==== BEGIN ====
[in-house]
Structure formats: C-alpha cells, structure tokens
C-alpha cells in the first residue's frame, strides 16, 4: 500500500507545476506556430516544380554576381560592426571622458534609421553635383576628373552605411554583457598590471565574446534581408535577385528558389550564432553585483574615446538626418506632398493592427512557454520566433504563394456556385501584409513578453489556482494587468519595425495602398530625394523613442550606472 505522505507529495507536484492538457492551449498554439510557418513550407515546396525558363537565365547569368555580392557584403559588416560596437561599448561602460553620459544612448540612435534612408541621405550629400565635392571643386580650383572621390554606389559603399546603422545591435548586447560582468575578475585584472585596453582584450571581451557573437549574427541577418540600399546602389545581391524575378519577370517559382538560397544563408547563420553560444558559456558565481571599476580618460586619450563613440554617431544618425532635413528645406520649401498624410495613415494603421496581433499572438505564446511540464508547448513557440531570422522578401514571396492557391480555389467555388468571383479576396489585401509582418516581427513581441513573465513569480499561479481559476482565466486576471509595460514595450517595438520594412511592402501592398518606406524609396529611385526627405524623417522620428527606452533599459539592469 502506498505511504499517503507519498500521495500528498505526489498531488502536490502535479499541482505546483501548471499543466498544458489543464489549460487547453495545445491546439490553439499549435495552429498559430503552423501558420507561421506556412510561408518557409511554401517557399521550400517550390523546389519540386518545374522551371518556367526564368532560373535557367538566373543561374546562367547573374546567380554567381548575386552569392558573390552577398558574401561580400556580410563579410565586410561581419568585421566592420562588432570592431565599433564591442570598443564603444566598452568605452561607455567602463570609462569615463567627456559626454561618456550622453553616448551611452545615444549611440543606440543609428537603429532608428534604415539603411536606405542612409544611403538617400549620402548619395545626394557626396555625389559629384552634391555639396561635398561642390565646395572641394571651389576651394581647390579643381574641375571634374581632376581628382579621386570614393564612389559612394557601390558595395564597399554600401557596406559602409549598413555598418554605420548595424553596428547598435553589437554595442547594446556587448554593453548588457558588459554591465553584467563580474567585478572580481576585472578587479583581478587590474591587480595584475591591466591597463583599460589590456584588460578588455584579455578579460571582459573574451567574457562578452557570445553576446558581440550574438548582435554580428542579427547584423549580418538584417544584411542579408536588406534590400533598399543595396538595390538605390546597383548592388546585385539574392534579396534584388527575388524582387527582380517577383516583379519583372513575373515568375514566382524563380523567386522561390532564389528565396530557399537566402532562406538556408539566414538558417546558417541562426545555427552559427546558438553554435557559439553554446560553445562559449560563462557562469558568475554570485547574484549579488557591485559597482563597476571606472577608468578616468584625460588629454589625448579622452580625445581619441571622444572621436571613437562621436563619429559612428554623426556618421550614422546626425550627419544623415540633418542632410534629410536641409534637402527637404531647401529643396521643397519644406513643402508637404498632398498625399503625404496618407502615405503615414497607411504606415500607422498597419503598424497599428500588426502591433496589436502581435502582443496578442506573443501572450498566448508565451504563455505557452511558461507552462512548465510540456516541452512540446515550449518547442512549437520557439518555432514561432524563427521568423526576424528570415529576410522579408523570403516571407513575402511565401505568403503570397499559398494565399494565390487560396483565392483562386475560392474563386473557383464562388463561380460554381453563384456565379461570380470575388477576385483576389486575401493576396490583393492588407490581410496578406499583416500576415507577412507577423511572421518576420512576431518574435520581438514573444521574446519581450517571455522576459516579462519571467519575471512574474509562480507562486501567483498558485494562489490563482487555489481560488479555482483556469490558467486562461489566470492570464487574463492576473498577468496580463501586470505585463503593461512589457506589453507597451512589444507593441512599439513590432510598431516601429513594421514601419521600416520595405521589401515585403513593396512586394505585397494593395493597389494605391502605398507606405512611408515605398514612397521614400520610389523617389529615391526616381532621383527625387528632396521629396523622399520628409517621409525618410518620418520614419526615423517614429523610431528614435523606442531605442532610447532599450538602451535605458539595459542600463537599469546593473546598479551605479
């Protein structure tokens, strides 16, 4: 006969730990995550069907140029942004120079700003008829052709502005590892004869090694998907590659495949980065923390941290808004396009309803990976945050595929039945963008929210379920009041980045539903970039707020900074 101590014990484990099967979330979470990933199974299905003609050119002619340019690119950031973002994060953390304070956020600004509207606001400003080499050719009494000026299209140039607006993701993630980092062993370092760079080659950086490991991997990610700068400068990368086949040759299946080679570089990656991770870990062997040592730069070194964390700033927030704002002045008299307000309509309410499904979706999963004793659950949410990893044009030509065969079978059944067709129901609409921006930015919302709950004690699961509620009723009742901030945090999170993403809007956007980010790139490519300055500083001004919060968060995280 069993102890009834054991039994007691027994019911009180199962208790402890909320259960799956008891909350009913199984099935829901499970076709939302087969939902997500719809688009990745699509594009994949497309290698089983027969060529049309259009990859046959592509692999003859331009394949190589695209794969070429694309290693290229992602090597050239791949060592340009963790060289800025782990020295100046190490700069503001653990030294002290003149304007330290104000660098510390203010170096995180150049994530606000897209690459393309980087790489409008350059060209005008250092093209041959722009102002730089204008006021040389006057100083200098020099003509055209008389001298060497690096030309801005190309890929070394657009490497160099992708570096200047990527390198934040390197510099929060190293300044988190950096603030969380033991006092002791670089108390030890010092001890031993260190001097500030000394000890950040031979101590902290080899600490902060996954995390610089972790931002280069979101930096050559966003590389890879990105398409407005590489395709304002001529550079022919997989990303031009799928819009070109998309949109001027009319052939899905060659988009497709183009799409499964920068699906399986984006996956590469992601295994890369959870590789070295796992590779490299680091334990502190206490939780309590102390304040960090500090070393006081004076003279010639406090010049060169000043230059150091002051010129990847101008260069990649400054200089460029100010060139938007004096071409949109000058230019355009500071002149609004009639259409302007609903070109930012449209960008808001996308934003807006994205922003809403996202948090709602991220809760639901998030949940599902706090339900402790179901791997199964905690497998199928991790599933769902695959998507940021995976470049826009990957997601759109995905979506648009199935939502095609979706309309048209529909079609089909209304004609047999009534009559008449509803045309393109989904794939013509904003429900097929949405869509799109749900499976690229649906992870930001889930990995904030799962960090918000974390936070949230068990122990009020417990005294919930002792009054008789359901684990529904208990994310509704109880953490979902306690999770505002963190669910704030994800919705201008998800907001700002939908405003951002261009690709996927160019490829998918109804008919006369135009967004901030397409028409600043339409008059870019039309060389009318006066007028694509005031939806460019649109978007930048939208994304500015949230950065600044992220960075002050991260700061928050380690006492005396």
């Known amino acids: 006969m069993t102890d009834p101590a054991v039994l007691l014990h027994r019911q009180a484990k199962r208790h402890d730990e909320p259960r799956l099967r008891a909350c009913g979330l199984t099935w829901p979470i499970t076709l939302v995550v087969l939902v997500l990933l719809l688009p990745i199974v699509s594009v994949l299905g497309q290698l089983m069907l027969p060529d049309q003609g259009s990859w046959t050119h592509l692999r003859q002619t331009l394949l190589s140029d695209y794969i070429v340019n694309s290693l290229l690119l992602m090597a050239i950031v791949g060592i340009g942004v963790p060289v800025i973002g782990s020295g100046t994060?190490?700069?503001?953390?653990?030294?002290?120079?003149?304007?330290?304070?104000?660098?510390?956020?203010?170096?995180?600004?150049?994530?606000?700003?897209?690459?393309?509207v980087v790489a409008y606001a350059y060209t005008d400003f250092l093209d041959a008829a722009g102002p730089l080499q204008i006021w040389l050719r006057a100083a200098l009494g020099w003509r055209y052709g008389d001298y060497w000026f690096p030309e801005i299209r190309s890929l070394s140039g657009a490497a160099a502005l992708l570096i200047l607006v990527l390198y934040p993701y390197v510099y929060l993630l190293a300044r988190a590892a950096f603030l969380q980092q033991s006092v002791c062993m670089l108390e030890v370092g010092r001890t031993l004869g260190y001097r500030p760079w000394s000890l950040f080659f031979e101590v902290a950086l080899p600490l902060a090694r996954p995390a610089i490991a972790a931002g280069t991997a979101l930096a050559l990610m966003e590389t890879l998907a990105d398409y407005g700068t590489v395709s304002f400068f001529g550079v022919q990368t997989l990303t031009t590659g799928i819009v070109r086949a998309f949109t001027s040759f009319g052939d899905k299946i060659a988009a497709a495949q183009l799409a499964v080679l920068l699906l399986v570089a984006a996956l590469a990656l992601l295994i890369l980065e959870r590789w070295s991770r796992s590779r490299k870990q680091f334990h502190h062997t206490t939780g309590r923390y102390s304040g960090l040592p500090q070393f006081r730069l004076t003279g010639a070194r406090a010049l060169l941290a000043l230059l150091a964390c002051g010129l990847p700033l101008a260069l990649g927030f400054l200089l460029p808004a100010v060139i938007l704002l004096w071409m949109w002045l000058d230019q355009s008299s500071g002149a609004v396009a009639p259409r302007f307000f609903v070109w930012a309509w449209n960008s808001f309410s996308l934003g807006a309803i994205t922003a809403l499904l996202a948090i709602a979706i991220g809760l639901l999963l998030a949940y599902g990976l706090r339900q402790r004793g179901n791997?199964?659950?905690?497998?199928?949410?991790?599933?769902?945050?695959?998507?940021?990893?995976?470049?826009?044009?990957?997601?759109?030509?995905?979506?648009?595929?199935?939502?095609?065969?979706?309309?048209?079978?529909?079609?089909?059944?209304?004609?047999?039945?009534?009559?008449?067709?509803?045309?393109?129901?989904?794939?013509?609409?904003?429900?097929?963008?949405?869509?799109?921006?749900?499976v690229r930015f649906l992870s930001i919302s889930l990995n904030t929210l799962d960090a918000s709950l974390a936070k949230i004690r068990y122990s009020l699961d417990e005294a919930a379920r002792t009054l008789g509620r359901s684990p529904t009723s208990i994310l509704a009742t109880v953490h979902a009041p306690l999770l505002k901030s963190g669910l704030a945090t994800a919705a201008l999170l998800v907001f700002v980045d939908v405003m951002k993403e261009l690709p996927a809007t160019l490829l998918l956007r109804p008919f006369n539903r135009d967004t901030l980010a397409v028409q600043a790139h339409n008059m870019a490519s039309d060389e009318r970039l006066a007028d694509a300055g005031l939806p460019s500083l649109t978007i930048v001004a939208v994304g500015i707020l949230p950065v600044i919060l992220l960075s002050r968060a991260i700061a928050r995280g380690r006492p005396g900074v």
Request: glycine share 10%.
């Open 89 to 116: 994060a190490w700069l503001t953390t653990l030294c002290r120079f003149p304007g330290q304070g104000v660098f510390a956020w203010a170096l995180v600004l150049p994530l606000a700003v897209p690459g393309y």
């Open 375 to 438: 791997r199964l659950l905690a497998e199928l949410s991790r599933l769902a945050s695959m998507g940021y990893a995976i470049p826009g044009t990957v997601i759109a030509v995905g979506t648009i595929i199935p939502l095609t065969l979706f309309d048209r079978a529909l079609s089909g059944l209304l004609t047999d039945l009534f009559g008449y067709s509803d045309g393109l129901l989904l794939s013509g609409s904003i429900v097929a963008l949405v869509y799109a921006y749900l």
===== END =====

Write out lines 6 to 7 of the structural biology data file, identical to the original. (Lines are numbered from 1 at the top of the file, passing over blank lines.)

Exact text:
Request: glycine share 10%.
């Open 89 to 116: 994060a190490w700069l503001t953390t653990l030294c002290r120079f003149p304007g330290q304070g104000v660098f510390a956020w203010a170096l995180v600004l150049p994530l606000a700003v897209p690459g393309y």